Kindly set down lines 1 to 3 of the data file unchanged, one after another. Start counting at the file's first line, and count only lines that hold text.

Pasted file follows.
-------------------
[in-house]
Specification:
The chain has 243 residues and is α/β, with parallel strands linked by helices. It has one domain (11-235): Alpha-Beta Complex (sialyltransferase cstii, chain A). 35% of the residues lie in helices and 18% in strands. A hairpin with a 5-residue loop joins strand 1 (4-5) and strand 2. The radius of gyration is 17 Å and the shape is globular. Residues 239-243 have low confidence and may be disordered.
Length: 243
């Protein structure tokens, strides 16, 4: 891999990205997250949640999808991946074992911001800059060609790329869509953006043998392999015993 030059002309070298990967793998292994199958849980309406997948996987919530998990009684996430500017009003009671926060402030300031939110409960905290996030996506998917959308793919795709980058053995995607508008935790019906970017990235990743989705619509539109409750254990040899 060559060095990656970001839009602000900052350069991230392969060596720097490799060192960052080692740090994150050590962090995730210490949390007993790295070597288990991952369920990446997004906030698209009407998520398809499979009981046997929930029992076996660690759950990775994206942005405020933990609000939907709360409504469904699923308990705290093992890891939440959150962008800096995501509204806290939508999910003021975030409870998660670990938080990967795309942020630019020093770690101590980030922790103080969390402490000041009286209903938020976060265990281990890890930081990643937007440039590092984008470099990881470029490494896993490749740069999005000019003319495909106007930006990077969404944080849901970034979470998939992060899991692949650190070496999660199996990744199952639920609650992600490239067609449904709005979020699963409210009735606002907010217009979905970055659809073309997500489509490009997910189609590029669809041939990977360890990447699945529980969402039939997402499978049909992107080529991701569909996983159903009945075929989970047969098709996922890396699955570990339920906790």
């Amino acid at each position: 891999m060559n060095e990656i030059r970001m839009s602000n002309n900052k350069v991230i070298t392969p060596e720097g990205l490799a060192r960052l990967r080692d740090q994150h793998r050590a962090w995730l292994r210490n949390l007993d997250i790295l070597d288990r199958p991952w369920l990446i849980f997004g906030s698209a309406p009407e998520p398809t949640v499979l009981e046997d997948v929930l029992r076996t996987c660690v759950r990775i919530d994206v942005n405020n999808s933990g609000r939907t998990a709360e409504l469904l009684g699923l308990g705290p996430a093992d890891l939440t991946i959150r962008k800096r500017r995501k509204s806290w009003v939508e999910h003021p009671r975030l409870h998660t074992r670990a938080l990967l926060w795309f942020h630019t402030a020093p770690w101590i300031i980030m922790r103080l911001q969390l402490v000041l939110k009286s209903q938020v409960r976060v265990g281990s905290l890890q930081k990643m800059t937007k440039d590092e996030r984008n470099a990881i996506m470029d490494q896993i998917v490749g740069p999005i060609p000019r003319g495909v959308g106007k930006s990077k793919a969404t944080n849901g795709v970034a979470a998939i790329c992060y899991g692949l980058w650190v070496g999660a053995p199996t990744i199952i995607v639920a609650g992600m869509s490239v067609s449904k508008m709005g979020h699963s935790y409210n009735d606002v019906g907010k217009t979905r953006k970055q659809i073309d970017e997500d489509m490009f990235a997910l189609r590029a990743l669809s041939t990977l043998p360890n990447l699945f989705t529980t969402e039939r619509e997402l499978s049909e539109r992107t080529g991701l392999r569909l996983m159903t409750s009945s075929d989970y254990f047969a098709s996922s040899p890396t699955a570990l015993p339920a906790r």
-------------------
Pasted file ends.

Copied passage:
[in-house]
Specification:
The chain has 243 residues and is α/β, with parallel strands linked by helices. It has one domain (11-235): Alpha-Beta Complex (sialyltransferase cstii, chain A). 35% of the residues lie in helices and 18% in strands. A hairpin with a 5-residue loop joins strand 1 (4-5) and strand 2. The radius of gyration is 17 Å and the shape is globular. Residues 239-243 have low confidence and may be disordered.